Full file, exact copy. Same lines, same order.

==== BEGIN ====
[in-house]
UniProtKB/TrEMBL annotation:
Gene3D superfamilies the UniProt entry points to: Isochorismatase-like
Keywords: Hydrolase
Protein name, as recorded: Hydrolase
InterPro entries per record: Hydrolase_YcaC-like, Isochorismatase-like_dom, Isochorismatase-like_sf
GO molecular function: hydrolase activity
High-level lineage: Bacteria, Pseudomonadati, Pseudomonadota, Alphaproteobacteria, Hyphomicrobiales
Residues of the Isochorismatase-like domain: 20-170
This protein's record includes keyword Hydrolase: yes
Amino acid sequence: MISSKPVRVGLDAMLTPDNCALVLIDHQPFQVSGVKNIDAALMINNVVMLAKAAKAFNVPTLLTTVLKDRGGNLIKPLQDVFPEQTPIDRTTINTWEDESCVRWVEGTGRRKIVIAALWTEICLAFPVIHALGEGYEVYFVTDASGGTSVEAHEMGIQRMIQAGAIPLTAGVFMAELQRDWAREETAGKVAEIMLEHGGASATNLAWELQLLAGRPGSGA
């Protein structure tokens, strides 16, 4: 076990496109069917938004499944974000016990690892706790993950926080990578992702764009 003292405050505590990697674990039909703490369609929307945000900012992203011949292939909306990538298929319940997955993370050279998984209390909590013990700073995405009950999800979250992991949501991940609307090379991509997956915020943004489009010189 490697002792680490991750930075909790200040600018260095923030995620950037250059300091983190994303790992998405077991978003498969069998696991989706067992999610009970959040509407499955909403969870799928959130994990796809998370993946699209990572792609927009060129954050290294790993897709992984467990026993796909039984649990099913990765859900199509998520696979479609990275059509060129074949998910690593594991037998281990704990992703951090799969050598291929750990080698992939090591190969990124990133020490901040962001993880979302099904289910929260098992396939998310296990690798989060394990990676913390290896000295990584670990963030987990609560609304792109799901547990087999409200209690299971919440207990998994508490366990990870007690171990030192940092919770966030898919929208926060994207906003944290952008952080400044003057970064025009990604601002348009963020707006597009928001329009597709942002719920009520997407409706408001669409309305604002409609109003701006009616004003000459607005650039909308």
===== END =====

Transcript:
[in-house]
UniProtKB/TrEMBL annotation:
Gene3D superfamilies the UniProt entry points to: Isochorismatase-like
Keywords: Hydrolase
Protein name, as recorded: Hydrolase
InterPro entries per record: Hydrolase_YcaC-like, Isochorismatase-like_dom, Isochorismatase-like_sf
GO molecular function: hydrolase activity
High-level lineage: Bacteria, Pseudomonadati, Pseudomonadota, Alphaproteobacteria, Hyphomicrobiales
Residues of the Isochorismatase-like domain: 20-170
This protein's record includes keyword Hydrolase: yes
Amino acid sequence: MISSKPVRVGLDAMLTPDNCALVLIDHQPFQVSGVKNIDAALMINNVVMLAKAAKAFNVPTLLTTVLKDRGGNLIKPLQDVFPEQTPIDRTTINTWEDESCVRWVEGTGRRKIVIAALWTEICLAFPVIHALGEGYEVYFVTDASGGTSVEAHEMGIQRMIQAGAIPLTAGVFMAELQRDWAREETAGKVAEIMLEHGGASATNLAWELQLLAGRPGSGA
């Protein structure tokens, strides 16, 4: 076990496109069917938004499944974000016990690892706790993950926080990578992702764009 003292405050505590990697674990039909703490369609929307945000900012992203011949292939909306990538298929319940997955993370050279998984209390909590013990700073995405009950999800979250992991949501991940609307090379991509997956915020943004489009010189 490697002792680490991750930075909790200040600018260095923030995620950037250059300091983190994303790992998405077991978003498969069998696991989706067992999610009970959040509407499955909403969870799928959130994990796809998370993946699209990572792609927009060129954050290294790993897709992984467990026993796909039984649990099913990765859900199509998520696979479609990275059509060129074949998910690593594991037998281990704990992703951090799969050598291929750990080698992939090591190969990124990133020490901040962001993880979302099904289910929260098992396939998310296990690798989060394990990676913390290896000295990584670990963030987990609560609304792109799901547990087999409200209690299971919440207990998994508490366990990870007690171990030192940092919770966030898919929208926060994207906003944290952008952080400044003057970064025009990604601002348009963020707006597009928001329009597709942002719920009520997407409706408001669409309305604002409609109003701006009616004003000459607005650039909308």